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Esther Hautzig (1930–2009)

Författare till Stäpp-barn

31 verk 2,630 medlemmar 42 recensioner 1 favoritmärkta

Om författaren

Esther Hautzig was born on October 18, 1930. During World War II, her family was exiled from Poland to Siberia, where they worked in labor camps. In 1947, she traveled via ocean liner to New York on a student visa. While aboard the ocean liner, she met the Vienna-born pianist Walter Hautzig, who visa mer was returning from a concert tour. They married in 1950. She enrolled in Hunter College, but never finished because a professor there told her that her accent would disqualify her from becoming a teacher. She took a job as a secretary at the publisher G. P. Putnam's Sons and later was promoted to children's books. During her lifetime she wrote numerous books including Let's Cook without Cooking (1955), Let's Make Presents (1962), A Gift for Mama (1987), Remember Who You Are: Stories About Being Jewish (1990), Riches (1992) and A Picture of Grandmother (2002). The Endless Steppe: Growing Up in Siberia (1968) won the Jane Addams Children's Book Award and the Lewis Carroll Shelf Award. She also translated stories by the Yiddish writer I. L. Peretz. She died of congestive heart failure and complications of Alzheimer's disease on November 1, 2009 at the age of 79. (Bowker Author Biography) visa färre

Verk av Esther Hautzig

Stäpp-barn (1968) 1,970 exemplar
A Gift for Mama (1981) 266 exemplar
Remember Who You Are (1990) 86 exemplar
Riches (1992) 67 exemplar
A Picture of Grandmother (2002) 37 exemplar
Holiday Treats (1983) 8 exemplar
Christmas Goodies (1989) 5 exemplar

Taggad

Allmänna fakta

Namn enligt folkbokföringen
Hautzig, Esther Rudomin
Andra namn
Rudomin, Esther
Födelsedag
1930-10-18
Avled
2009-11-01
Kön
female
Nationalitet
USA
Födelseort
Vilna, Poland
Dödsort
USA
Dödsorsak
congestive heart failure
complications from Alzheimer's disease
Bostadsorter
Vilna, Poland
Rubtsovsk, Siberia, USSR
Lodz, Poland
Stockholm, Sweden
New York, New York, USA
Utbildning
Hunter College
Yrken
children's book author
secretary
translator
Relationer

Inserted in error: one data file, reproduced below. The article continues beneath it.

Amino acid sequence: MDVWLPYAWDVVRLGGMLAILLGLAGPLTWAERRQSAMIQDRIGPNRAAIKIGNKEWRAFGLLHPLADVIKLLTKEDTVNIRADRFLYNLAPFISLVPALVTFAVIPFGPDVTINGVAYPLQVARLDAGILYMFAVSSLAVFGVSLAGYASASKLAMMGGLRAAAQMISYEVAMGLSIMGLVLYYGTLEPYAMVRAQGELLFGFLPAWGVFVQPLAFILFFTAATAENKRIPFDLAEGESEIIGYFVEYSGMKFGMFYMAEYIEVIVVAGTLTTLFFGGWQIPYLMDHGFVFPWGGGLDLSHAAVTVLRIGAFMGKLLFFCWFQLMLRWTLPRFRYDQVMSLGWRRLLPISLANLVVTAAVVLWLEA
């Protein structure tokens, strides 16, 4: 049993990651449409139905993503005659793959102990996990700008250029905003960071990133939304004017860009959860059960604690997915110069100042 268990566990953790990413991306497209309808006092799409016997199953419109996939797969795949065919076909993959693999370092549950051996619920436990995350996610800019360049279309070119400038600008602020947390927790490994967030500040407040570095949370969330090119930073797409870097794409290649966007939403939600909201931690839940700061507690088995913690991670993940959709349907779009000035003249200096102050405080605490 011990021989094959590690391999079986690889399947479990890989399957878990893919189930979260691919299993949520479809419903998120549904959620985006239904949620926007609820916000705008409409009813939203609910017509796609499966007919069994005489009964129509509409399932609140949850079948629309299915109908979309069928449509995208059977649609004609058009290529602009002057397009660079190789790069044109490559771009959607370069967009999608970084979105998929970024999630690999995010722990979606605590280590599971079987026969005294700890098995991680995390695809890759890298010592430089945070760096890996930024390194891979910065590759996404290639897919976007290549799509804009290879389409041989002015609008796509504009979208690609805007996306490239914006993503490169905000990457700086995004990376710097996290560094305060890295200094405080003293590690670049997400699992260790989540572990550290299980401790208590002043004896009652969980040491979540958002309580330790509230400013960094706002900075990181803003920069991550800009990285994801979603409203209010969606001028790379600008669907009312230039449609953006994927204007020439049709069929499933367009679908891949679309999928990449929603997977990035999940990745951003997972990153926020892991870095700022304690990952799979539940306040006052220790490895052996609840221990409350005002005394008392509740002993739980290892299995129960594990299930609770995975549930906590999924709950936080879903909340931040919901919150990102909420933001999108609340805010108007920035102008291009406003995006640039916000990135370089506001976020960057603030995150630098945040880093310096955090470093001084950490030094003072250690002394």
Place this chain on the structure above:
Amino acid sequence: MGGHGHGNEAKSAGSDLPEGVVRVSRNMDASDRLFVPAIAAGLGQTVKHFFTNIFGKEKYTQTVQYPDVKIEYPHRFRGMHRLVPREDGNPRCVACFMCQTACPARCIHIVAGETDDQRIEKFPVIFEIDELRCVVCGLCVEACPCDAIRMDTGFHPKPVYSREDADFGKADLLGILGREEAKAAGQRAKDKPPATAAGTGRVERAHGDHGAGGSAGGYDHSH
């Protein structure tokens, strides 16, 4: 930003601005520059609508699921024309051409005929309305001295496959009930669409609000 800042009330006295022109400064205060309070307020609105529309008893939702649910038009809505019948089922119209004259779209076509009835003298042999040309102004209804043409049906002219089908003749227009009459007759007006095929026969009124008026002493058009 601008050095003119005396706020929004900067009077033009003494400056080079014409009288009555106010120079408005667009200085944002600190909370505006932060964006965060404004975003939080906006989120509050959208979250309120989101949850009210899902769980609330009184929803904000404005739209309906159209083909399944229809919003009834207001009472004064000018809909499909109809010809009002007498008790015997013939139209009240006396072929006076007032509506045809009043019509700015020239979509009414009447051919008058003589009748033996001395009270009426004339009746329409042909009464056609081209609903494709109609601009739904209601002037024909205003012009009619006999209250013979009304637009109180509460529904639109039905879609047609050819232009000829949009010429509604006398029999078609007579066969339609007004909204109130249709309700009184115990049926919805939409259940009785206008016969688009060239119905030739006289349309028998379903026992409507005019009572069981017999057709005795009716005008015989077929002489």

Hautzig, Deborah (daughter)
Hautzig, David (son)
Organisationer
G. P. Putnam's Sons
Priser och utmärkelser
Jane Addams Book Award 1970
Lewis Carroll Shelf Award 1971
Kort biografi
Esther Rudomin wa born in Vilna, then part of Poland, to a Jewish family. In World War II, her father was drafted into the Russian Army, while Esther, her mother, and her grandparents were deported by the Soviets to Siberian forced labor camps. They spent five grueling years there and her grandfather died. After the war, Esther emigrated to the USA, settling in New York. After attending high school and college, she became a secretary in a publishing company and began promoting and writing books for children. In 1950, she married Walter Hautzig, a Viennese-born pianist whom she had met on the ship coming to America. Encouraged by Adlai Stevenson, Esther Hautzig started writing books on her childhood and on survival during the Holocaust, based on her own and her family's ordeal, that became classics of young people’s literature. She also translated stories by the Yiddish writer I.L. Peretz.

Medlemmar

Recensioner

I read this many years ago as a young girl and loved it. An interesting and little known/part of history. Very good for young readers to expand their view of the world.
 
Flaggad
Luziadovalongo | 29 andra recensioner | Jul 14, 2022 |
This story is very much a child's impression. Her parents and grandmother hid much from her (which she does recognize as an adult)--the hunger, cold, school, moving, close quarters, outgrown shoes--are all just part of this weird normal for Esther, exiled with her family in Siberia during WW2. I can only imagine what the physically demanding jobs, cold, hunger, need for better housing, and their daughter and mother suffering did to their thoughts. As well as worry about the family members left in Vilna.

When Russia sends the family back to Poland after the war, they learn that they--who endured 4 years exiled as Jewish capitalists--are some of the few Polish Jews who survived. Her aunts, uncles, cousins, maternal grandmother--all were killed during the war. She does not specify if they were sent to concentration camps, starved in ghettos, were killed in attacks--but she probably never knew. And this is YA/middle grade, so such details might have been glossed over intentionally.
… (mer)
1 rösta
Flaggad
Dreesie | 29 andra recensioner | May 7, 2022 |

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Statistik

Verk
31
Medlemmar
2,630
Popularitet
#9,759
Betyg
4.1
Recensioner
42
ISBN
80
Språk
6
Favoritmärkt
1

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